World cricket says bye-bye to big bats

It's unlikely bats like the one Barry Richards is freaking out about will be allowed anymore. Photo: Ryan Pierse/CA/Getty Images.

It's unlikely bats like the one Barry Richards is freaking out about will be allowed anymore. Photo: Ryan Pierse/CA/Getty Images.

The sport’s latest new laws, developed by the MCC, also punishes bullies and tell ladies that they’re equal to their male counterparts.

The Marylebone Cricket Club, who are tasked with reviewing existing cricket laws and developing new ones, have announced a batch of interesting rules.

Given how some purists complain that modern cricket is becoming too batsman-friendly, the revised law on bat sizes is definitely the one making headlines.

Here are the main law changes:


Bats will be measured with a “bat gauge” to make sure they don’t exceed 108mm in width, 67mm in depth and 40mm at the edges.

A steady rise in bat sizes has been blamed for making cricket easier for batsmen and harder for bowlers, disturbing the “balance between bat and ball”.

“The bat size issue has been heavily scrutinised and discussed in recent years,” John Stephenson, MCC head of cricket, said in a statement.

“We believe the maximum dimensions we have set will help redress the balance between bat and ball, while still allowing the explosive, big hitting we all enjoy.”

A  proverbial sin bin for cricketers

Umpires will also be able to send players from the field – temporarily or permanently – for serious offences like acts of violence in the first new Code of Laws issued since 2000.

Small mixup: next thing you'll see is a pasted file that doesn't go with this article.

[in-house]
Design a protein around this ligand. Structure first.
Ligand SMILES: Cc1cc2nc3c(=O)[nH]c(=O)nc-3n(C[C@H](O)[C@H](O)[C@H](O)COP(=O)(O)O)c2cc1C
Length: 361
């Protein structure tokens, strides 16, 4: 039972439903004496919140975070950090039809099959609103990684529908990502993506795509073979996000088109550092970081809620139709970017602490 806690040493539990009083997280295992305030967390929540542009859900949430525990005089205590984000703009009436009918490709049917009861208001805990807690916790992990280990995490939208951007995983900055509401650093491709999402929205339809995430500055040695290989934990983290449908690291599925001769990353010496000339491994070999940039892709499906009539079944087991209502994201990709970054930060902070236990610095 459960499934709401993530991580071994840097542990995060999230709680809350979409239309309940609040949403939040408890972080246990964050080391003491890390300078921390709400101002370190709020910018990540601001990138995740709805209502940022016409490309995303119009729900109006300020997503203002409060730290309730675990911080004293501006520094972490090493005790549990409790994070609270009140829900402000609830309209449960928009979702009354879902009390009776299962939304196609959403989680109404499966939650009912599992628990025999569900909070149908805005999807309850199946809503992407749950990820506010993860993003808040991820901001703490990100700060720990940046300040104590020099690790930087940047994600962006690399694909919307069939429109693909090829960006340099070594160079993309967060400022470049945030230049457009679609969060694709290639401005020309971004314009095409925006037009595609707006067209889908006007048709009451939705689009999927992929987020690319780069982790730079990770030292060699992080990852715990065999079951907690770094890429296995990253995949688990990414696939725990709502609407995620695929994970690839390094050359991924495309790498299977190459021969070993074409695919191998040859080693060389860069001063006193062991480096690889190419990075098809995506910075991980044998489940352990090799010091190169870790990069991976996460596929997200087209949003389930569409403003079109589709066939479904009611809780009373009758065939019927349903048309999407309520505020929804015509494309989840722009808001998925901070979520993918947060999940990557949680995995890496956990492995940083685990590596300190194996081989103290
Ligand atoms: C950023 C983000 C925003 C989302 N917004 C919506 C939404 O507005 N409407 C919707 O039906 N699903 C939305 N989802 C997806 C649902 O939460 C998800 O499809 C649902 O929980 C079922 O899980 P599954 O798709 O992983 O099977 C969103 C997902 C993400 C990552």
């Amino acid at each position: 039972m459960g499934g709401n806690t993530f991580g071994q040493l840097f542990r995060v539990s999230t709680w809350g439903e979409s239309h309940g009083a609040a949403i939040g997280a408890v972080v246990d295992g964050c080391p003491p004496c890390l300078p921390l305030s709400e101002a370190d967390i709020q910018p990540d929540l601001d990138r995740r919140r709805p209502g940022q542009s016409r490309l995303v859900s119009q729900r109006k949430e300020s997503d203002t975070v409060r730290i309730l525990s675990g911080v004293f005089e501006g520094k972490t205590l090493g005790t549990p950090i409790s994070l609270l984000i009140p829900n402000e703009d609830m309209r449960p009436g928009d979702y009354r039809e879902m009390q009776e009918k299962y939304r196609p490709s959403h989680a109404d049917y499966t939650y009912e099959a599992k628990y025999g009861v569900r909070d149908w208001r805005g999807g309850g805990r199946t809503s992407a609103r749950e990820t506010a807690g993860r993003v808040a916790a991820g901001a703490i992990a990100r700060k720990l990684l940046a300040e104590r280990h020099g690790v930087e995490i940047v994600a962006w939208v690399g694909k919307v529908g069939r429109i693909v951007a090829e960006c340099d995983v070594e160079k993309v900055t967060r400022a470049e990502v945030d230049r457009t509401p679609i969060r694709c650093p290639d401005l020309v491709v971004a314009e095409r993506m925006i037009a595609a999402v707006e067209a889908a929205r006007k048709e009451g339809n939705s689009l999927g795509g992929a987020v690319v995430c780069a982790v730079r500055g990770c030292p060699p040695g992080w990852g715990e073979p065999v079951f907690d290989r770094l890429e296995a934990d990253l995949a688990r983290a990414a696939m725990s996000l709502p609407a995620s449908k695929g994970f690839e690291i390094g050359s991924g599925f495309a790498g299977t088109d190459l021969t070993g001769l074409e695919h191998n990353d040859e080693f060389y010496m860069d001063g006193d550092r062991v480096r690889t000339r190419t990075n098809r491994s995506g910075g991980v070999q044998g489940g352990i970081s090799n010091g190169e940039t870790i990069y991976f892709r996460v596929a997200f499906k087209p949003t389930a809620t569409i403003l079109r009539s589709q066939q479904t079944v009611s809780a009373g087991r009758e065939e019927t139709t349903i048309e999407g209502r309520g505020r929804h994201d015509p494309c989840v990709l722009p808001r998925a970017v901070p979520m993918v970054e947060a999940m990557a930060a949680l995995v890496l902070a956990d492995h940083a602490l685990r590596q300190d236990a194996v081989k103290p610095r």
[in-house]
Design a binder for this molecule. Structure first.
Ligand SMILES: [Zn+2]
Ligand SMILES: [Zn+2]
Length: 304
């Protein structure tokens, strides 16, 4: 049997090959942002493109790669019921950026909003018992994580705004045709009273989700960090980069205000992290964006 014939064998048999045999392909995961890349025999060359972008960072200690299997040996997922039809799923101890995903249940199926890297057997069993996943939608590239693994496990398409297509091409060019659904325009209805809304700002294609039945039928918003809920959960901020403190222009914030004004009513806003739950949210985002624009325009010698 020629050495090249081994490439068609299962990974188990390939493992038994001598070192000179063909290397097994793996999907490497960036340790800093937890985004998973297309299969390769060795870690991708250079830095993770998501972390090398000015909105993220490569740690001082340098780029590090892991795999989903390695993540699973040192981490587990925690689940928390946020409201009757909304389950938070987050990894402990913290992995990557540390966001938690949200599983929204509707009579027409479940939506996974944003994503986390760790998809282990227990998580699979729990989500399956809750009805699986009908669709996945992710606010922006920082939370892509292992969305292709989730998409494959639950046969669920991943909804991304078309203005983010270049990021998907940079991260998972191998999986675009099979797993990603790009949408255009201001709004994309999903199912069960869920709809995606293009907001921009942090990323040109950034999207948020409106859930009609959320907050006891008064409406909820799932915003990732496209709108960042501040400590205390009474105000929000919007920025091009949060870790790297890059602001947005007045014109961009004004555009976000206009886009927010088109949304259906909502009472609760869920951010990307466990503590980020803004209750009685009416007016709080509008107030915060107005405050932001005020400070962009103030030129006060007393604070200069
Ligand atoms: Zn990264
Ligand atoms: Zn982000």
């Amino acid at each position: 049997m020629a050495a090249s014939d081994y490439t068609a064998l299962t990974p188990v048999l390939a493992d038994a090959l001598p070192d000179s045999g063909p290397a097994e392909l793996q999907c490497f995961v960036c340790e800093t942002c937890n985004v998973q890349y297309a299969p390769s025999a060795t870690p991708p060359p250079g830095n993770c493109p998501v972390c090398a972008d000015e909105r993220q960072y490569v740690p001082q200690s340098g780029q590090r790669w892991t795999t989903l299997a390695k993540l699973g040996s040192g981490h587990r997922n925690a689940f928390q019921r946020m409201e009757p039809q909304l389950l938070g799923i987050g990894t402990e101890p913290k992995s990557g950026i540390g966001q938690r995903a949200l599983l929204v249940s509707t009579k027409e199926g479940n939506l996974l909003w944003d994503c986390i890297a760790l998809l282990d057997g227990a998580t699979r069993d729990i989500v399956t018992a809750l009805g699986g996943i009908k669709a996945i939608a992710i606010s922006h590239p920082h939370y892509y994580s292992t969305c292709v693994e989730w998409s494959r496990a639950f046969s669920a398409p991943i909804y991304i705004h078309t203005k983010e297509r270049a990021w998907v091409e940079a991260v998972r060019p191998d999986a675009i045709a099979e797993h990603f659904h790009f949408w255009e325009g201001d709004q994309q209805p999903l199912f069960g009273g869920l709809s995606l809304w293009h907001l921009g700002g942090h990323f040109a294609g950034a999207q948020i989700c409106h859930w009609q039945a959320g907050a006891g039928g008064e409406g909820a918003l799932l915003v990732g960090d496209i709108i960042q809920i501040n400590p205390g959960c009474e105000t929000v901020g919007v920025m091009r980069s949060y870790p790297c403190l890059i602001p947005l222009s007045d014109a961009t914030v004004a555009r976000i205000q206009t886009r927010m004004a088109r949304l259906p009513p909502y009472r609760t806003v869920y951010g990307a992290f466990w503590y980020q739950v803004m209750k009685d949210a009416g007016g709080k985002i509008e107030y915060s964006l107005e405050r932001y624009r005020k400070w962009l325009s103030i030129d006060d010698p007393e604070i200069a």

Under the new laws, umpires can also crack down on poor behaviour by issuing warnings, awarding penalty runs and even sending players off.

Excessive appealing and showing dissent at an umpire’s decision can result in a warning, followed by five penalty runs for a second offence.

Throwing the ball at a player or deliberately making physical contact will be punished with five penalty runs, while threatening the umpire or any act of violence will result in a sending-off.

“We felt the time had come to introduce sanctions for poor player behaviour and research told us that a growing number of umpires at grass-roots level were leaving the game because of it,” Stephenson said.

“Hopefully these sanctions will give them more confidence to handle disciplinary issues efficiently, whilst providing a deterrent to the players.”

“Mankading” is no longer unsporting

The controversial ‘Mankad’ dismissal, when the bowler can run out a batsman at the non-striker’s end, will also become easier to execute.

Bowlers will now be able to perform the run-out “to the instant when the bowler would normally have been expected to release the ball”, rather than before entering his or her delivery stride, as is the current rule.

No more Miss Nice Guy

Separately, gender-neutral terms like “fielder” and “bowler” will be used in the rewritten Code, as well as “he/she” to encourage women and girls to play.

“The term ‘batsman’ will remain, however, as it is seen as a term of the game that is equally applicable to females,” the statement added.

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12 January 2019 TURFFONTEIN

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